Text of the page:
Frontier Rural Research Network

From Practice, For Practice, Into Practice


FRRN is the Frontier Rural Research Network, established in the Montana Family Medicine Residency Program as a Practice-Based Research Network (PBRN) for Frontier and Rural Primary Care Clinics

Principal Investigator: Renée Crichlow MD

Who is FRRN?

Eventually X number of primary care clinics in X number of Western states all in designated Frontier or Rural health service areas (here after abbreviated as Rural). We will start with 7-10 clinics in Montana. FRRN clinic members will    have as active participants the MDs, D.O.s, RNs, NPs, PAs, and office managers  of each respective clinic. We have over 400 potential primary care providers in the initial area of concern. 


Why FRRN?  

In 2000, rural America contained 56.1 million residents, or about 20-percent of the total U.S. population. Over seventy percent of Montana communities qualify as rural by every government definition of that designation; in addition a significant amount of Montana qualifies as frontier having less than 6 people per square mile with vast distances between population centers. Primary care practice in these geographically isolated environments has unique demands, considerations and challenges not often addressed by the University initiated research projects.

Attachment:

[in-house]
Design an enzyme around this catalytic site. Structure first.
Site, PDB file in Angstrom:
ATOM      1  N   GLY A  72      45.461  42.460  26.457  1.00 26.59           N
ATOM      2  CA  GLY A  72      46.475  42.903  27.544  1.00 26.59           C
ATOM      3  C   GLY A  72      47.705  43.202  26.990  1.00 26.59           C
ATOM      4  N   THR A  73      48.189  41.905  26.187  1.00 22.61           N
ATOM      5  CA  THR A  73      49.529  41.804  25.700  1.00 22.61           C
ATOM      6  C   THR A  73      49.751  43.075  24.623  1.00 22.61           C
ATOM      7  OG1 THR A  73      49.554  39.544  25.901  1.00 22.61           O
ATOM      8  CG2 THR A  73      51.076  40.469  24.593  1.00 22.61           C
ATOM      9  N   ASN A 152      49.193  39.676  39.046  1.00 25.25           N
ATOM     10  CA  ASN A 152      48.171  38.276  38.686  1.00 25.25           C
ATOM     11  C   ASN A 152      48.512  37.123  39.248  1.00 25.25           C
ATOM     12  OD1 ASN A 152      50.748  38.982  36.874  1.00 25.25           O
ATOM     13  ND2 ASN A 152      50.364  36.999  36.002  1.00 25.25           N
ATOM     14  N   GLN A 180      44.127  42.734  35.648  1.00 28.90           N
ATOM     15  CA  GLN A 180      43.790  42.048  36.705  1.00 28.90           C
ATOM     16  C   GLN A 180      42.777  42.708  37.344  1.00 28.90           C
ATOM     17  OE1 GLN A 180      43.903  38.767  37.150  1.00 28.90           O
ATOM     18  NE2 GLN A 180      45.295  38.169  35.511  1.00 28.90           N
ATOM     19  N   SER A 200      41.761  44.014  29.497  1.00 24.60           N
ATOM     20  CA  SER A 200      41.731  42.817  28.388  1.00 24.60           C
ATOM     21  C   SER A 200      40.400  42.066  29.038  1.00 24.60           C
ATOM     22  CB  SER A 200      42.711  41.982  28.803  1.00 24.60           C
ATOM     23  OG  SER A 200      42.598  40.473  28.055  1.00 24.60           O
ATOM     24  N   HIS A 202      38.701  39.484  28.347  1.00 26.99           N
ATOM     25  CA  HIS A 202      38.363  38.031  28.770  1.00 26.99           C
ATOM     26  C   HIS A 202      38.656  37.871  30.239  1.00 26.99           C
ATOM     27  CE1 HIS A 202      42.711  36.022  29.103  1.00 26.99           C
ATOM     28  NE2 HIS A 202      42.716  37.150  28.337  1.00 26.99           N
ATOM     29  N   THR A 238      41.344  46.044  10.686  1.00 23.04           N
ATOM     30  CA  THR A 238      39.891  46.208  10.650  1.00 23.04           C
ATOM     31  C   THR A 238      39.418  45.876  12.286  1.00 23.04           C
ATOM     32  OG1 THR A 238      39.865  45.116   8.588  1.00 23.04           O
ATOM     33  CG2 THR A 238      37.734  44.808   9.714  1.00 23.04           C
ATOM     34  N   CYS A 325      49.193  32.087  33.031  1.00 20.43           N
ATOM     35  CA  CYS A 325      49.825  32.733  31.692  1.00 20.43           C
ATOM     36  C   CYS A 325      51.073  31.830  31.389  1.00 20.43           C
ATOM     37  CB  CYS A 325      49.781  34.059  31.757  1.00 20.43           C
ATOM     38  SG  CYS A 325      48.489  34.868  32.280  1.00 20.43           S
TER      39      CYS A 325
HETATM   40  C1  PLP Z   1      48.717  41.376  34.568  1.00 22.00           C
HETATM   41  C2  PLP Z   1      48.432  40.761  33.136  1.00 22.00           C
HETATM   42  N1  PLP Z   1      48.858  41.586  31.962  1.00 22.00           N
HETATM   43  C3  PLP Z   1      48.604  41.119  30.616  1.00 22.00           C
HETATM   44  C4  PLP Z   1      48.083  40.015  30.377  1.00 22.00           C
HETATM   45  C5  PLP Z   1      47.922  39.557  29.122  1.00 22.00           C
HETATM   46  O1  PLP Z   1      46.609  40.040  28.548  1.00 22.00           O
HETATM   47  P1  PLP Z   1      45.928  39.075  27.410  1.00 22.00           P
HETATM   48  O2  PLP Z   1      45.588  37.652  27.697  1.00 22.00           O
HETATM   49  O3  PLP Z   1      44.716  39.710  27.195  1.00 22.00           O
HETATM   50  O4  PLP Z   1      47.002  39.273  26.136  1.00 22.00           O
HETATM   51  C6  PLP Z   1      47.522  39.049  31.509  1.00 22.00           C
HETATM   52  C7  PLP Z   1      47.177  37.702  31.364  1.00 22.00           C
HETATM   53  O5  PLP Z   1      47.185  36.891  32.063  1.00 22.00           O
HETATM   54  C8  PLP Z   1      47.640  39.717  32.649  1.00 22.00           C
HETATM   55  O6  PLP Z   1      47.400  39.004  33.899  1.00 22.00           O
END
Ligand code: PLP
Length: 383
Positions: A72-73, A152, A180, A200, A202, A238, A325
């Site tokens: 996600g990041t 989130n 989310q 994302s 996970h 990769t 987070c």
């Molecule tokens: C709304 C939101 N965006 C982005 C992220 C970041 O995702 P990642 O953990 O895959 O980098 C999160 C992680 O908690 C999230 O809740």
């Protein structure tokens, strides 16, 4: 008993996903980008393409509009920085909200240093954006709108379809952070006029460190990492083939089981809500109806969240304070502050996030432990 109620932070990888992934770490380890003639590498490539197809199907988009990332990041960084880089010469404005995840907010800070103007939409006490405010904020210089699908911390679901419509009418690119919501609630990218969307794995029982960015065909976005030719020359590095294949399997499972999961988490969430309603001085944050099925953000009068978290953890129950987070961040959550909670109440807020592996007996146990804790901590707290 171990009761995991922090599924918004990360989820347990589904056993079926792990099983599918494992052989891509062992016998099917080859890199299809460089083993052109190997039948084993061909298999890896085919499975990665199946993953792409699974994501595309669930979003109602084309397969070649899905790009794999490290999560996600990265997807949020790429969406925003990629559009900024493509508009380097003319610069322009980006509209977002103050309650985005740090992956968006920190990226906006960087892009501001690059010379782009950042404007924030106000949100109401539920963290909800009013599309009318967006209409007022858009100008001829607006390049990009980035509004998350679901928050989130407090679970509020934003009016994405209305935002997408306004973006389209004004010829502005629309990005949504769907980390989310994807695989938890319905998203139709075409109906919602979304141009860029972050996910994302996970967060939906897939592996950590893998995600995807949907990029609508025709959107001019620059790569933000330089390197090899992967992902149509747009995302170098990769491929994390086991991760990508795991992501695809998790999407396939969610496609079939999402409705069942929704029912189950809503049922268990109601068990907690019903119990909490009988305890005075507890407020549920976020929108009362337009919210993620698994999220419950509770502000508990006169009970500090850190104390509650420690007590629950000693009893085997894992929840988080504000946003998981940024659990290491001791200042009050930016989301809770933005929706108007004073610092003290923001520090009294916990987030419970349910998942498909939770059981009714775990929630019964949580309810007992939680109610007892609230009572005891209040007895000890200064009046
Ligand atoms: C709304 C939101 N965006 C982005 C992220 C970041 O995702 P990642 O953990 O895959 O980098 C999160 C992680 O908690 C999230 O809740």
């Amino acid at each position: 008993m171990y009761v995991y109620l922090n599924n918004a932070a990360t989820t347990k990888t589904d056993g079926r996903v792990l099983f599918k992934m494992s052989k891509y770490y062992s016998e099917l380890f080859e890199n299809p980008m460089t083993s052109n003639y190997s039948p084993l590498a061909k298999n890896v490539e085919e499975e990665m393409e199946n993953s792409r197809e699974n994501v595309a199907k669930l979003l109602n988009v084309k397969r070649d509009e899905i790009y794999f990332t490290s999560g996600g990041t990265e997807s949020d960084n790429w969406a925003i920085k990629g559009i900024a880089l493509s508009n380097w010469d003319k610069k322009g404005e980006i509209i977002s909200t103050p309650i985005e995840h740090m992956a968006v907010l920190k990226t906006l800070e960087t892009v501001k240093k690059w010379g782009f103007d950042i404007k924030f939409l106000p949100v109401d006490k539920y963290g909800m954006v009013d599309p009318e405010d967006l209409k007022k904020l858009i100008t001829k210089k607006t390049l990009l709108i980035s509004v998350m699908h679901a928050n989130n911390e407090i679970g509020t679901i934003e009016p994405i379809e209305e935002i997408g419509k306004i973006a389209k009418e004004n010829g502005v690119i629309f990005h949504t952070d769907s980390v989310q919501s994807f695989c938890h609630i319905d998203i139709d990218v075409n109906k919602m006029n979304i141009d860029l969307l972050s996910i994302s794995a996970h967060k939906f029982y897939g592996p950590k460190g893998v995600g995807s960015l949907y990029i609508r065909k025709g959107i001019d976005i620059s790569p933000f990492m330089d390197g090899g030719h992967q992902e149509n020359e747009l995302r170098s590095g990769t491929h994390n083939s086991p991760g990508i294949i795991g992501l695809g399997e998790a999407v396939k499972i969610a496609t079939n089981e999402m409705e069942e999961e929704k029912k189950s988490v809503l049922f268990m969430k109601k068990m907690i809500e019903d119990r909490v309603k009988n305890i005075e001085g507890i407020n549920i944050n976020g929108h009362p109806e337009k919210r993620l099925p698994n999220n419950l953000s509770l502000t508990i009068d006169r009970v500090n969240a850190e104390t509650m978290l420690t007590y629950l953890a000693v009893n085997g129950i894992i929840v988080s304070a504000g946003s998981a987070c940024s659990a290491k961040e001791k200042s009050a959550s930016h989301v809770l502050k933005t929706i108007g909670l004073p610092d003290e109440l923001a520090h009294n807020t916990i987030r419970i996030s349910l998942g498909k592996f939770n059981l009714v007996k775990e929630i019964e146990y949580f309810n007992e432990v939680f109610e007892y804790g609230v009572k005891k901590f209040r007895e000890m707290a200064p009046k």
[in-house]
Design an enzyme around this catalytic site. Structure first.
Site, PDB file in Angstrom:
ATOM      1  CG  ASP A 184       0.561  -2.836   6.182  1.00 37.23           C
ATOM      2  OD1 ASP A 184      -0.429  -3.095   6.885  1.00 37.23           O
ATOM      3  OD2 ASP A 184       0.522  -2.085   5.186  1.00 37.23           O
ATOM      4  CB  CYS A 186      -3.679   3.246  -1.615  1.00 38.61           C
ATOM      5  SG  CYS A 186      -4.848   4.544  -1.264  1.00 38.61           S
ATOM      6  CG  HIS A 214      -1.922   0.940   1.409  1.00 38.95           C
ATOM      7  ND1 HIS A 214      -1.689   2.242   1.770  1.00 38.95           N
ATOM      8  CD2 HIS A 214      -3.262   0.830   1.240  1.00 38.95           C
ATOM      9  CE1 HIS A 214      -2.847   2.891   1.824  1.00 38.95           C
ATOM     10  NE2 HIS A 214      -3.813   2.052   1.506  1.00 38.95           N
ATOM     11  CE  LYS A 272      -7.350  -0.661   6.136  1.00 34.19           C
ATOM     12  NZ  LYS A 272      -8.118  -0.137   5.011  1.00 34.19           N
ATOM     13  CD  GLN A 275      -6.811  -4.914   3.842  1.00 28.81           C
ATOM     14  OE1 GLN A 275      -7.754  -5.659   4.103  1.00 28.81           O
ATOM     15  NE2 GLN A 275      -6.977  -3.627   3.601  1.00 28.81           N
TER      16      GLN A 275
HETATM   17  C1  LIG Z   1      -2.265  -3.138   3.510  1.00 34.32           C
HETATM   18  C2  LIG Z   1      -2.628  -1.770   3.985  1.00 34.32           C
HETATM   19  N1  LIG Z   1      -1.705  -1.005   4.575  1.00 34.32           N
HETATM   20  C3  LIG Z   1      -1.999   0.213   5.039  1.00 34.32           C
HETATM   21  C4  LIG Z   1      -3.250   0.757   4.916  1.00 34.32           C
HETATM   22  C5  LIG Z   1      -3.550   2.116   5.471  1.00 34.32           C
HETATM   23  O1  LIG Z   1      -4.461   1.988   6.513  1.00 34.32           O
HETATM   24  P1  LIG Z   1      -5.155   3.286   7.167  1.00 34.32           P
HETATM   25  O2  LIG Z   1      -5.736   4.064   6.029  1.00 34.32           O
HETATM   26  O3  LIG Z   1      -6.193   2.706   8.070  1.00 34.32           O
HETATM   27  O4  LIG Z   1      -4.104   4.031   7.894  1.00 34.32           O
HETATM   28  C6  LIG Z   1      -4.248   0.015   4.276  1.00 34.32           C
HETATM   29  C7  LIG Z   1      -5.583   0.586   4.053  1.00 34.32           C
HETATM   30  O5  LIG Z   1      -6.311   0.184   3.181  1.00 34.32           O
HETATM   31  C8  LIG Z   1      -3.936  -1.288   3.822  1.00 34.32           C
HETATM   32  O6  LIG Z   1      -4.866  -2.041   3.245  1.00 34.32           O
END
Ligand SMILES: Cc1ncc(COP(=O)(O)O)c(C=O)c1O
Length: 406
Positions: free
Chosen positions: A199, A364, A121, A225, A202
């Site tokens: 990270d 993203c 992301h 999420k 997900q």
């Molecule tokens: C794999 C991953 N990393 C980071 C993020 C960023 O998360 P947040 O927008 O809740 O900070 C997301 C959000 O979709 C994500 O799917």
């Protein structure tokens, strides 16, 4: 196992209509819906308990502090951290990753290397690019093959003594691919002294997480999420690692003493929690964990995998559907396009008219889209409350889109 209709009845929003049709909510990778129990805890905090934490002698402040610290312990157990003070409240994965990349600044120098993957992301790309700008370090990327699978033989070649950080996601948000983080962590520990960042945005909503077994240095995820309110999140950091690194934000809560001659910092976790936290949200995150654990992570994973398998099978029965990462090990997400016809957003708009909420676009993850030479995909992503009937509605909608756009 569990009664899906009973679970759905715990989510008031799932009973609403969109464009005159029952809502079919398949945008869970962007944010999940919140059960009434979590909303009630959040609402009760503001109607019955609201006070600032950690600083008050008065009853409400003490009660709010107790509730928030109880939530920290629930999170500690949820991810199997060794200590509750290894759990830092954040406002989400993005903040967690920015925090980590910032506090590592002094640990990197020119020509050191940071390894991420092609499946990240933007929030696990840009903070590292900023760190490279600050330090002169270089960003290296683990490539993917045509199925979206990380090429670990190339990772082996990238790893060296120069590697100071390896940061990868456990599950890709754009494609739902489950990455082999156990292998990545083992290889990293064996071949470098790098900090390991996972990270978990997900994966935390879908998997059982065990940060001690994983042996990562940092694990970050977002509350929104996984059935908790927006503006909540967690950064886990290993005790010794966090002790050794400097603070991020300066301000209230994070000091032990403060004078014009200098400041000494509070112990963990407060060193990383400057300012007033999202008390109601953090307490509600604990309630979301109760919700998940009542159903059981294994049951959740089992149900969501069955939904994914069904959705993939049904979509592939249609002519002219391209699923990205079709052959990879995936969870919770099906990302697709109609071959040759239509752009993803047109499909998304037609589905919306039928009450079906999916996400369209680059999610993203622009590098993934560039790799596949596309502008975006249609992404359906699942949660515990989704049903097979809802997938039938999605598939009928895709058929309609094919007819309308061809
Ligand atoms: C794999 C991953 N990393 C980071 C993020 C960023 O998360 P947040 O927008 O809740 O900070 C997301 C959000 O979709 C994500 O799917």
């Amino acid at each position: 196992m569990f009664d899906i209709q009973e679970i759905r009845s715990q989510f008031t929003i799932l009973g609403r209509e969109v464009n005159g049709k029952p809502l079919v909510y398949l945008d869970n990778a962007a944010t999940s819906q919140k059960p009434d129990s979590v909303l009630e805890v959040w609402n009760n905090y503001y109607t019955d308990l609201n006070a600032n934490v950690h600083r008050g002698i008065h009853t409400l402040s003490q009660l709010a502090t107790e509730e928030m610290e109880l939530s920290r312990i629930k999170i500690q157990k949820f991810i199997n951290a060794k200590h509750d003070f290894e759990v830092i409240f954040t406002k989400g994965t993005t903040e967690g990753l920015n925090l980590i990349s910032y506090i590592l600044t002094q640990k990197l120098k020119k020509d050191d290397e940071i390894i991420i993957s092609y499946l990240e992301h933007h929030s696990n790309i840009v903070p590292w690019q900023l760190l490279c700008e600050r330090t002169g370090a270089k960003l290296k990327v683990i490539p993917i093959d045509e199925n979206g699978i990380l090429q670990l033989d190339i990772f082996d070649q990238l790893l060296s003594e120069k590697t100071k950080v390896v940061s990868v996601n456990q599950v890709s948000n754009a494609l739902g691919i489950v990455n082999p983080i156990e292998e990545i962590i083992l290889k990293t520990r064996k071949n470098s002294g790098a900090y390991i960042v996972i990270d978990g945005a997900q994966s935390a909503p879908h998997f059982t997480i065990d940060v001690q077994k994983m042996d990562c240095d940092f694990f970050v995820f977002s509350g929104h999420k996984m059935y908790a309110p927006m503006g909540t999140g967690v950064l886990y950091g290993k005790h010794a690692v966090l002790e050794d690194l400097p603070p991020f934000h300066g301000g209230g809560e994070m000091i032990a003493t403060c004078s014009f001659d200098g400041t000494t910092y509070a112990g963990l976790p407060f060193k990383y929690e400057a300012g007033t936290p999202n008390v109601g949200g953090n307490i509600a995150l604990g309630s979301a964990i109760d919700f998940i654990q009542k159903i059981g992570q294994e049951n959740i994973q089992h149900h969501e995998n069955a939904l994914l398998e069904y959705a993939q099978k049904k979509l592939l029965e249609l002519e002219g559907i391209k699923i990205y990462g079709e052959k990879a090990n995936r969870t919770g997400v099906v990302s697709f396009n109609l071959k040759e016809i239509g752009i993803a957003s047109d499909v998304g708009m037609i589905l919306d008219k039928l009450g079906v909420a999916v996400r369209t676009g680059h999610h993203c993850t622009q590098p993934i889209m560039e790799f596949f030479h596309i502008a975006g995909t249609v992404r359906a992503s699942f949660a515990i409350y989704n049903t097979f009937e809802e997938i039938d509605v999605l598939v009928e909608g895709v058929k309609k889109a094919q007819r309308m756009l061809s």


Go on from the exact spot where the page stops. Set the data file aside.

Developing and implementing evidence based care must meet these unique rural challenges in order to address and decrease the disparities facing health care in rural America.



       Research questions generated from rural practices, collecting pertinent  data from these practices, evaluating the data for patient oriented outcomes, i.e. Generating Research from Rural Practices (GRP)

       Translating Research into Practice (TRP) in a more efficient manner because the Clinics are stakeholders in the GRP and TRP

       Creating an Information Technologies based network wide Continual Quality Improvement (CQI) with the goal of improving rural patient outcomes

       Creating, providing and monitoring usage of web-based Continual Medical Education (CME) based directly on the GRP and CQI data generated. This CME would be for all FRRN members including the Clinics and individual clinic members MDs, D.O.s, RNs, NPs, PAs, and office managers.


Methods will be very Information Technology (IT) robust and interactive:


The FRRN web site will be a nexus unifying TRP, GRP, CME and aggregated CQI. Not only will it be a point of care question generator for GRP and gateway to point of care health care information for TRP and CME, the web site will facilitate the network sharing CQI data generated through the respective Electronic Health Records (EHR) to allow Benchmarking on Protocols of Care (PCs).


“The Curbside” will be a collegial list serve of the respective individual members where discussion groups may, in a HIPPA approve manner and level of encryption, discuss questions, concerns, and challenges facing either their clinic, patients, or FRRN.


GRP is a FRRN priority the research questions will be submitted through the web site by a nominating member and voted on by the participating the Clinic Members (CMs). CME will be an important part of diffusing the ability to generate the testable research questions originating from CMs.